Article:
SHANGHAI (Reuters) - China’s Catholic Church reaffirmed its loyalty to the country’s ruling Communist Party on Sunday, while welcoming a landmark deal struck with the Vatican on appointing new bishops.
The Vatican on Saturday signed an agreement giving it a long-desired and decisive say in the appointment of bishops in China, though critics labeled it a sellout to the government.
China’s around 12 million Catholics have been split between an underground Church swearing loyalty to the Vatican and the state-supervised Catholic Patriotic Association.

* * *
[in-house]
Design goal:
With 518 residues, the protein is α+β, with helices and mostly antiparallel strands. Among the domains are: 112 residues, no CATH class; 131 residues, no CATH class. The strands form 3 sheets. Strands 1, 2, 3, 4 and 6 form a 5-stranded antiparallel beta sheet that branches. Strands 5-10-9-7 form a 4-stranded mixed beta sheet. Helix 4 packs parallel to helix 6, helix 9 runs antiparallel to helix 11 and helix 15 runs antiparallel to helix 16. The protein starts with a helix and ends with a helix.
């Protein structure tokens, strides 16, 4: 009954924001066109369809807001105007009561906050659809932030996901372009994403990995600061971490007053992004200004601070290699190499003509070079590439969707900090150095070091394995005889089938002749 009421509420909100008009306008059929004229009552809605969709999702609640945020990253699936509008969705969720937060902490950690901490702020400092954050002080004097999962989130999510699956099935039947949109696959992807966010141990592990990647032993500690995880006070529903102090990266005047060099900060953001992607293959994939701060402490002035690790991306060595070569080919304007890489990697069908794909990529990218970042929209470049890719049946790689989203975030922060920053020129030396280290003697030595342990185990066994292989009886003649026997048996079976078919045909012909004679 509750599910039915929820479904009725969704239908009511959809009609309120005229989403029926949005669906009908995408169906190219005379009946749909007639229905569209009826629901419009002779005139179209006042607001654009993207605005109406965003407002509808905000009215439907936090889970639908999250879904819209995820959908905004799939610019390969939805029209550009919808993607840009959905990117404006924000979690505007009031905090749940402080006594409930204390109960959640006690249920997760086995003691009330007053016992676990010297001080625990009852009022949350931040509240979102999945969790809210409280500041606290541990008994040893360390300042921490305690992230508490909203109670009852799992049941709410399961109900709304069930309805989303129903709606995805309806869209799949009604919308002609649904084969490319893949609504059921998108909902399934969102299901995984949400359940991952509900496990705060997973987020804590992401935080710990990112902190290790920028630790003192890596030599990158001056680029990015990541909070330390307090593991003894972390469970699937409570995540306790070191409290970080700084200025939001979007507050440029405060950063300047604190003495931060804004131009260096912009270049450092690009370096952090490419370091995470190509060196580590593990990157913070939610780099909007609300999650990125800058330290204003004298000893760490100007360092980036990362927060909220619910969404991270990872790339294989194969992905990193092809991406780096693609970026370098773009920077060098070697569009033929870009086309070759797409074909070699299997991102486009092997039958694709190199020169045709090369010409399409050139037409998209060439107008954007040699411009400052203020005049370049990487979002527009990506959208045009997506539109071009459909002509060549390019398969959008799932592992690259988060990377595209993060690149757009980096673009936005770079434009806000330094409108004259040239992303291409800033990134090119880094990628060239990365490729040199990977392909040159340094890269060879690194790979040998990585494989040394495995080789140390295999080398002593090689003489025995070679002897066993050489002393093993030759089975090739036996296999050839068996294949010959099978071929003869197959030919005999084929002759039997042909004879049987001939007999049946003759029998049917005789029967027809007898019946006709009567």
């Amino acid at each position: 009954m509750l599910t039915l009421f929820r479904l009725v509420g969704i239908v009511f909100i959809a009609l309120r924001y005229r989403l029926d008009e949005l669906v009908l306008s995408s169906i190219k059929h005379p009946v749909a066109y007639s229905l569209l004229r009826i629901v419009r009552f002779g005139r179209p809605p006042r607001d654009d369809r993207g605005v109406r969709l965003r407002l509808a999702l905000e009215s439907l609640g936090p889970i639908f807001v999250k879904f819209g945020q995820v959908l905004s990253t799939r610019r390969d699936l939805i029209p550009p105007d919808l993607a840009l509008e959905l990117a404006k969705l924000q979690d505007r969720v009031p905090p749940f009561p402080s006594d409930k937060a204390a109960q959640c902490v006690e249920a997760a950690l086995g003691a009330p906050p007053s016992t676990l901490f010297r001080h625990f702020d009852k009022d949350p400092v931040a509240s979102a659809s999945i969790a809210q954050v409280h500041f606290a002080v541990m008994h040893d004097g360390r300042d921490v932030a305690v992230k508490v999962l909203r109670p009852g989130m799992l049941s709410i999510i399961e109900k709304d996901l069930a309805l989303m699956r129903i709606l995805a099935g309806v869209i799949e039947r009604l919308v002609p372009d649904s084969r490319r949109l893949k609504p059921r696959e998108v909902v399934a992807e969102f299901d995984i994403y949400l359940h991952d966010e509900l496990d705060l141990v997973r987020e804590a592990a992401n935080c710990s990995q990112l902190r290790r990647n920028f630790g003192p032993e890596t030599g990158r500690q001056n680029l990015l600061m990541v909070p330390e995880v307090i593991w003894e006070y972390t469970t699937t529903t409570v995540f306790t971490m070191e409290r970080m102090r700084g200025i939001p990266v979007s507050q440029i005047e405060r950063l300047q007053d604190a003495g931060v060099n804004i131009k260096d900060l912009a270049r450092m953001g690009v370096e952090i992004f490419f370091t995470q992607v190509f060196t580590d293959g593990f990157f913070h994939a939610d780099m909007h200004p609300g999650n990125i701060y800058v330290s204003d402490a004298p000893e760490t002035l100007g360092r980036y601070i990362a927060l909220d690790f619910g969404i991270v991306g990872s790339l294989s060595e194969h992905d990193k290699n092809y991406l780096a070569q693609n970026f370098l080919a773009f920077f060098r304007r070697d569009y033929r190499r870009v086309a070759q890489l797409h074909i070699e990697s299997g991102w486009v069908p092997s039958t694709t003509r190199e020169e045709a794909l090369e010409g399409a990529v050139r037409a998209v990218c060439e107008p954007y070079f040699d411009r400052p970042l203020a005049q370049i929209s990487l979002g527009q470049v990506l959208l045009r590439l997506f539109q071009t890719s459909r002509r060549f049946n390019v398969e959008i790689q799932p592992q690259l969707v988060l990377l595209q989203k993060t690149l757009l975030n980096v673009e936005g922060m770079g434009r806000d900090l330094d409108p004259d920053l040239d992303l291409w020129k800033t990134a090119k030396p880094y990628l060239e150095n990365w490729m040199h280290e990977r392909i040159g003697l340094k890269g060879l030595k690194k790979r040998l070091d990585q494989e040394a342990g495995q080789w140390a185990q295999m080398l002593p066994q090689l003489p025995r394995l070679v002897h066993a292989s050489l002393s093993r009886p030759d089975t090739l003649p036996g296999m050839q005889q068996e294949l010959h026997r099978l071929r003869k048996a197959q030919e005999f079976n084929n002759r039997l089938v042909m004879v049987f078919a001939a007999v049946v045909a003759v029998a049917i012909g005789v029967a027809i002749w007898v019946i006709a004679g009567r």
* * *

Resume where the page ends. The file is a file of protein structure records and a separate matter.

The Catholic Church in China said it would “persevere to walk a path suited to a socialist society, under the leadership of the Chinese Communist Party.”
It “deeply loved the motherland” and “sincerely endorsed” the agreement, hoping relations between China and the Vatican would improve further, it added in comments on its website.
The Vatican has said the accord, a breakthrough after years of negotiations, was “not political but pastoral”, and hoped it would lead to “the full communion of all Chinese Catholics.”
But prospects of such an agreement had divided communities of Catholics across China, some of whom fear greater suppression should the Vatican cede more control to Beijing. Others want to see rapprochement and avoid a potential schism.
Reporting by Adam Jourdan; editing by John Stonestreet
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